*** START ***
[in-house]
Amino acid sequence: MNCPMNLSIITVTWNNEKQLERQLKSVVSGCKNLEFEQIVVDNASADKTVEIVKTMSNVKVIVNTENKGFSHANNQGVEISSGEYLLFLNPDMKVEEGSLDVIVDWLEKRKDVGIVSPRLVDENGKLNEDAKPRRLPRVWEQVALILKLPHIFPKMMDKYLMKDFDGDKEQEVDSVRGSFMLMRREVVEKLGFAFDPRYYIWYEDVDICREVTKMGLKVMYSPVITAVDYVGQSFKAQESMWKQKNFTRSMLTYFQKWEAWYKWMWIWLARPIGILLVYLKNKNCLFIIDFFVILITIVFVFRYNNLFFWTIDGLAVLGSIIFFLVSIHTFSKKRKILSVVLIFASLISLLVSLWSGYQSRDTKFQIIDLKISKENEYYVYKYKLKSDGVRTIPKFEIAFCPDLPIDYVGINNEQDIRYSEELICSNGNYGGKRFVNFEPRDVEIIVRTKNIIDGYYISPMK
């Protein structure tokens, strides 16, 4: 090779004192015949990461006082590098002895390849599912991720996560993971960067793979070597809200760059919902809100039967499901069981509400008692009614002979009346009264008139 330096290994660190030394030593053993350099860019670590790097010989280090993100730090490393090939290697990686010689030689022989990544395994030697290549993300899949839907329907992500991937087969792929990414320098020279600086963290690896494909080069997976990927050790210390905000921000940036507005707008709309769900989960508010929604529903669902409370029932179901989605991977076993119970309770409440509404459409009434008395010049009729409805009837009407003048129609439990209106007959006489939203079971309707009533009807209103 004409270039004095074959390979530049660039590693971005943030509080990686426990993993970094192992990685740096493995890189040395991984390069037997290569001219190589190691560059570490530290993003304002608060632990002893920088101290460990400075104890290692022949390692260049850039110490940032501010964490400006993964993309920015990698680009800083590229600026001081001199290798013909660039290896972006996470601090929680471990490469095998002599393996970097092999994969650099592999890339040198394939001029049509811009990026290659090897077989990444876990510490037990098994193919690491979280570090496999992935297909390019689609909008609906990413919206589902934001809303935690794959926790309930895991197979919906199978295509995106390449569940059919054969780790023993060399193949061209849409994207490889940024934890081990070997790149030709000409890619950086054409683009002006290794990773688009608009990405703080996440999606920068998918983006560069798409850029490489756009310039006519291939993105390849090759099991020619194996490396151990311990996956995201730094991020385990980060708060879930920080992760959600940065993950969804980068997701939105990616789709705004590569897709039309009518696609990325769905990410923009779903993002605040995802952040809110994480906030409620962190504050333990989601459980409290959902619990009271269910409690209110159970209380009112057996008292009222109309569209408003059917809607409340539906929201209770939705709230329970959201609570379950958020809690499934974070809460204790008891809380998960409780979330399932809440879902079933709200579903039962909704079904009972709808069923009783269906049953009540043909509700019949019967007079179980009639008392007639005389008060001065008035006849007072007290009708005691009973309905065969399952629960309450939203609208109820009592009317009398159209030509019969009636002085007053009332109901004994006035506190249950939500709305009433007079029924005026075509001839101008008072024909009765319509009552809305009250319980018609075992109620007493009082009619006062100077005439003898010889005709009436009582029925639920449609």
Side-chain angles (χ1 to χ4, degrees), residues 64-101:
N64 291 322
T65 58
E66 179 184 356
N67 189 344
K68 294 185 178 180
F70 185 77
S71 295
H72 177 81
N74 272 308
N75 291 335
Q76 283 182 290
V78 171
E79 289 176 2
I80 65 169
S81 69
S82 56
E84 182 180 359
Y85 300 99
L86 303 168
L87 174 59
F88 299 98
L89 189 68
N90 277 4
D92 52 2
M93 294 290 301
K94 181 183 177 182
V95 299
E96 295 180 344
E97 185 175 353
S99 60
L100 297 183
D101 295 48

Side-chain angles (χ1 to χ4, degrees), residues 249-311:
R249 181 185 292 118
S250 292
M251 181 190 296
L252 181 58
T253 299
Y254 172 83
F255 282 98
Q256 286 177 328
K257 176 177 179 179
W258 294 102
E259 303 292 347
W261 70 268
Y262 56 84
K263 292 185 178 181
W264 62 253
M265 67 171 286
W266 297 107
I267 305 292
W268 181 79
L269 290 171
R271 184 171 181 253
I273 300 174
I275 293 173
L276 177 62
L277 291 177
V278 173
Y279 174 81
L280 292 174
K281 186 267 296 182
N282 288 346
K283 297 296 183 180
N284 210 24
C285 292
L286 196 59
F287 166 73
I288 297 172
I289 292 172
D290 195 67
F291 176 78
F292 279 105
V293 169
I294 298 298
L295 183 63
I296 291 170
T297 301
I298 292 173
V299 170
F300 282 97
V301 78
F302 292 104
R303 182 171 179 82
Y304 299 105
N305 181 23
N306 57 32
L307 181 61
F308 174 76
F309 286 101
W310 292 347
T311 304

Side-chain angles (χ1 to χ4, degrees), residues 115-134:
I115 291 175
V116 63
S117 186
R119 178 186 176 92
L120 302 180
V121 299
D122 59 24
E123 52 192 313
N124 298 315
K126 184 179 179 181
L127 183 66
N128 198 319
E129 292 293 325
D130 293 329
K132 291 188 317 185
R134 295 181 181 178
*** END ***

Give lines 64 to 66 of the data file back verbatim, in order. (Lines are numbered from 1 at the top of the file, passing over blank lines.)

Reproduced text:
Y279 174 81
L280 292 174
K281 186 267 296 182